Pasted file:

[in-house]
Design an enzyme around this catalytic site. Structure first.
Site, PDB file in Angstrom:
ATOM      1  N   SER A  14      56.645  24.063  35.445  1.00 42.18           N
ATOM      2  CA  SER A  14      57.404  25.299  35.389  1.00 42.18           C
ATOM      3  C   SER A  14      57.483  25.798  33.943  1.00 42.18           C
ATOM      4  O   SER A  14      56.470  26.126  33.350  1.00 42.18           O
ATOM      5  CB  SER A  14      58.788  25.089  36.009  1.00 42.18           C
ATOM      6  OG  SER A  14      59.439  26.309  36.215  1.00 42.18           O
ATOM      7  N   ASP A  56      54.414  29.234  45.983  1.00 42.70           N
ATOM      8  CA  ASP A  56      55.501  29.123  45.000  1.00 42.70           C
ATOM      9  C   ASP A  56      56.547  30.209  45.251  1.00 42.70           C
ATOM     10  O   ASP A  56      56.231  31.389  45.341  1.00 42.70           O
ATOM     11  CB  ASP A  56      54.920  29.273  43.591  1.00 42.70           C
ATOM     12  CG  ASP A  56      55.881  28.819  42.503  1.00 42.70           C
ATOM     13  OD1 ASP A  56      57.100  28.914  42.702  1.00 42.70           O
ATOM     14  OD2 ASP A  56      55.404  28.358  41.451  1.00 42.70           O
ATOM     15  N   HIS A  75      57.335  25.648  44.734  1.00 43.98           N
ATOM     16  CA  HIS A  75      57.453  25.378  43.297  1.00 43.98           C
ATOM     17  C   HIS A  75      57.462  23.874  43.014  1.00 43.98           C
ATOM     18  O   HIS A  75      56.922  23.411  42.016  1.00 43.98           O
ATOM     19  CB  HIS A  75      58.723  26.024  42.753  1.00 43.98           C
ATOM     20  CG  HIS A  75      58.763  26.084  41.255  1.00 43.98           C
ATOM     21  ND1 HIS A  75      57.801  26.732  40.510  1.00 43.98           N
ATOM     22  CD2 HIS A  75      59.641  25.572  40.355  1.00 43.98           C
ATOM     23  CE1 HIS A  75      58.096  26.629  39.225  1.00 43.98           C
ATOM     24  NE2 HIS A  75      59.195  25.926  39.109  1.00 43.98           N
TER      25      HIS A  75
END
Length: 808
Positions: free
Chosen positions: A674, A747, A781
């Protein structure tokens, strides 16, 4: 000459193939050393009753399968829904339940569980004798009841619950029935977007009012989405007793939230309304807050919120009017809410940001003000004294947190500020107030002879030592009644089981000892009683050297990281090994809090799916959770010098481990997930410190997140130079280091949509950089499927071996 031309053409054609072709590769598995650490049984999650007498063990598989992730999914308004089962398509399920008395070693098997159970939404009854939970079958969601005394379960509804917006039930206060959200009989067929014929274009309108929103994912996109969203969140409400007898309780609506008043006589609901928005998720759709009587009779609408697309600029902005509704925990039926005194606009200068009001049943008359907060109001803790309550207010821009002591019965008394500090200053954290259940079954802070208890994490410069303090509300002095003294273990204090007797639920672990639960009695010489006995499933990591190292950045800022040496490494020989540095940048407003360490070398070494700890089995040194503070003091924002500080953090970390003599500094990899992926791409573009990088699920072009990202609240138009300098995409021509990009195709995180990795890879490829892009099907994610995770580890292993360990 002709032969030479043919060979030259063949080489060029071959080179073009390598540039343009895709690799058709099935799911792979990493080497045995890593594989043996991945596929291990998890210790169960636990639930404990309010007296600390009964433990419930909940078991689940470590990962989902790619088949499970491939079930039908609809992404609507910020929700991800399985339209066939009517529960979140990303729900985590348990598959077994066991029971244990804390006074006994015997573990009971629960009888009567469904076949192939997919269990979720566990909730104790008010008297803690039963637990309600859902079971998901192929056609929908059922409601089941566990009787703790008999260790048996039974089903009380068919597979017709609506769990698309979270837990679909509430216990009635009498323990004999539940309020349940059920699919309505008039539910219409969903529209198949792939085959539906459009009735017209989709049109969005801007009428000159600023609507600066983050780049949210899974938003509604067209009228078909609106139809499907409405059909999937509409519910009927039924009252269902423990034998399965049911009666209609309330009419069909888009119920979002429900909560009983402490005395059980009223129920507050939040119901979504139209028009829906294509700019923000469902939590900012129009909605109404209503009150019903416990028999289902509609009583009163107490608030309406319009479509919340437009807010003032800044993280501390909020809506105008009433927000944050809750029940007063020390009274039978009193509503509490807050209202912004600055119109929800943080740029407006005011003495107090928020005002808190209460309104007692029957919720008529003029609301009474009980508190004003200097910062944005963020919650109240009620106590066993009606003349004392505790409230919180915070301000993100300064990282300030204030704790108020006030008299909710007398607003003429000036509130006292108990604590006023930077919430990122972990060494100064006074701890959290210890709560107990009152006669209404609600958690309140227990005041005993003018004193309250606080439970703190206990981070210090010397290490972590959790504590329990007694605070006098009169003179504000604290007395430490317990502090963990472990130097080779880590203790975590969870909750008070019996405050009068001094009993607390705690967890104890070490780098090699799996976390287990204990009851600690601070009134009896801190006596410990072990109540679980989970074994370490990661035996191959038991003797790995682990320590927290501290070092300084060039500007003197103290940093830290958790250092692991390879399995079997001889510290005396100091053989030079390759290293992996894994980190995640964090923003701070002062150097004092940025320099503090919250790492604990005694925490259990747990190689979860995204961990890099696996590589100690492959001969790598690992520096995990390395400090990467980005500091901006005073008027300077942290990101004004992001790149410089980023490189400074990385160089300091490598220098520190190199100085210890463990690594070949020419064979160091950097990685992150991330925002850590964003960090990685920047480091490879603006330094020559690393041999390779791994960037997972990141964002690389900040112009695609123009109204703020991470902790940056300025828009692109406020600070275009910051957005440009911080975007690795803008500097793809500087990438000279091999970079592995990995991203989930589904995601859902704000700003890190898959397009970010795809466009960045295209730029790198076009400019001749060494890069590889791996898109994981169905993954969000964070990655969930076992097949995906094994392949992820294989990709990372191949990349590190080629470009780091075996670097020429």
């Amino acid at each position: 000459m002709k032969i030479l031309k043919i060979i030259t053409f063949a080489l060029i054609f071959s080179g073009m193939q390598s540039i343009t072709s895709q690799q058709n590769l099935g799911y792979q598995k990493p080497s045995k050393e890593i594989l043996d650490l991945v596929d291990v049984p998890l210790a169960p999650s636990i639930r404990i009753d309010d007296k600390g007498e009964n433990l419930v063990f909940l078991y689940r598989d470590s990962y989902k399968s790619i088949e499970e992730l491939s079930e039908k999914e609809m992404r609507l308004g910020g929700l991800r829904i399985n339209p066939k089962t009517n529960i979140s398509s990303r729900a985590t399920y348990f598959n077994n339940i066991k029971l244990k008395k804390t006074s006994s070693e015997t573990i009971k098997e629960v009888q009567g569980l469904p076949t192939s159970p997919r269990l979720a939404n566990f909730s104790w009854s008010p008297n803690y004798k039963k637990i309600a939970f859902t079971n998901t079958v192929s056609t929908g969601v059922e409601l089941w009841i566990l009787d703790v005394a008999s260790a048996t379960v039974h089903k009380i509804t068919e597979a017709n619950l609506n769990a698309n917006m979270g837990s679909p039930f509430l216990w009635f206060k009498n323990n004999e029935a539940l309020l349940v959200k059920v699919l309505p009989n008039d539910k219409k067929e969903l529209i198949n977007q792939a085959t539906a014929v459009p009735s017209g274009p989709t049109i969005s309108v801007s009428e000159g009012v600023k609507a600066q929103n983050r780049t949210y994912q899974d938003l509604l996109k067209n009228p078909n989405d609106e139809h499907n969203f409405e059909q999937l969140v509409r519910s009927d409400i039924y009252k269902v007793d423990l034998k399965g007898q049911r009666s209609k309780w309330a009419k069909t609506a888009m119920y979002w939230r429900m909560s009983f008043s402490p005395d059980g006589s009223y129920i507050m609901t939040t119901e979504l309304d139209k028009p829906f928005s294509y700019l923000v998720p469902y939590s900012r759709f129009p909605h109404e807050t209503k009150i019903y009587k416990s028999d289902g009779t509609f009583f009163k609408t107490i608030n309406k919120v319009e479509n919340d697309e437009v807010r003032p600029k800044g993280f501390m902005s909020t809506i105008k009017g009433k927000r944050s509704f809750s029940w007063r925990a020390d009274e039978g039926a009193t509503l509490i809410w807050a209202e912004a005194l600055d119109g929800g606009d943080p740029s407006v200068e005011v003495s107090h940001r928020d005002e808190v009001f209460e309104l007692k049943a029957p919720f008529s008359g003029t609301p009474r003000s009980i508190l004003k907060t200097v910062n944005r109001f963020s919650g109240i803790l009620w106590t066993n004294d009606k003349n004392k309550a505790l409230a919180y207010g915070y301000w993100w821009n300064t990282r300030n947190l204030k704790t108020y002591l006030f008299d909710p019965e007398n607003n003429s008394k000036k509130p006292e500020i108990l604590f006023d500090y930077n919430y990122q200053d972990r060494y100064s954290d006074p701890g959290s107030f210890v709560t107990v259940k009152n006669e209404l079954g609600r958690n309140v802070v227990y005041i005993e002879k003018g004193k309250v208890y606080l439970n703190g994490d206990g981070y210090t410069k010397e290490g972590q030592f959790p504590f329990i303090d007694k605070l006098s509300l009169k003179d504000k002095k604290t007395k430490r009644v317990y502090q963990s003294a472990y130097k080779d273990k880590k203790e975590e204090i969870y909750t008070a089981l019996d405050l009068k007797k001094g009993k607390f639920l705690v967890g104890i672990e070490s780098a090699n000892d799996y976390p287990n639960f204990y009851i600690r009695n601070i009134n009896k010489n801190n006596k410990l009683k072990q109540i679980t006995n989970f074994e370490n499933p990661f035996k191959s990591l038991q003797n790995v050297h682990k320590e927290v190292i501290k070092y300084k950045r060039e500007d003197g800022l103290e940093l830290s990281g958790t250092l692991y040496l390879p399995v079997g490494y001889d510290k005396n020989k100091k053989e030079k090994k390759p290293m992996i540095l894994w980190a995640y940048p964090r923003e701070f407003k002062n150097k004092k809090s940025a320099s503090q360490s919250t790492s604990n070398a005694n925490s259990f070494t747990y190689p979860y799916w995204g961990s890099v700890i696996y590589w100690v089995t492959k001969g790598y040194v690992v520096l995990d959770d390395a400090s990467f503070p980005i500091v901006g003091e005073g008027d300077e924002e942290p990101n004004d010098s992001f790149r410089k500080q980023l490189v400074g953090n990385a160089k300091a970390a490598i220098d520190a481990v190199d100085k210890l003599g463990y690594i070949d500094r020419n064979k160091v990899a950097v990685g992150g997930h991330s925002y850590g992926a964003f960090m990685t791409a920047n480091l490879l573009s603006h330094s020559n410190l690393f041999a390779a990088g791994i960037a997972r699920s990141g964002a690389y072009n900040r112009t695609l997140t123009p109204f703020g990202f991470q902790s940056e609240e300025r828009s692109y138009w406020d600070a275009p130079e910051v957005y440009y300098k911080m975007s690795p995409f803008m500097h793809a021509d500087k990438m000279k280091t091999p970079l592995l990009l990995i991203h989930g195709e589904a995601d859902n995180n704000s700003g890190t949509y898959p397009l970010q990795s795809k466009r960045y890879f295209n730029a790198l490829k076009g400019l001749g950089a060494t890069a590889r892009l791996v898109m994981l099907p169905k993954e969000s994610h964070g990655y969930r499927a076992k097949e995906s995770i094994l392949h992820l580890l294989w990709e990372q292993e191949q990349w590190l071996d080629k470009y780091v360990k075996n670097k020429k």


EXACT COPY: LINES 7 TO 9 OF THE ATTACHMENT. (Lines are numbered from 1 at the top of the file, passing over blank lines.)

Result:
ATOM      4  O   SER A  14      56.470  26.126  33.350  1.00 42.18           O
ATOM      5  CB  SER A  14      58.788  25.089  36.009  1.00 42.18           C
ATOM      6  OG  SER A  14      59.439  26.309  36.215  1.00 42.18           O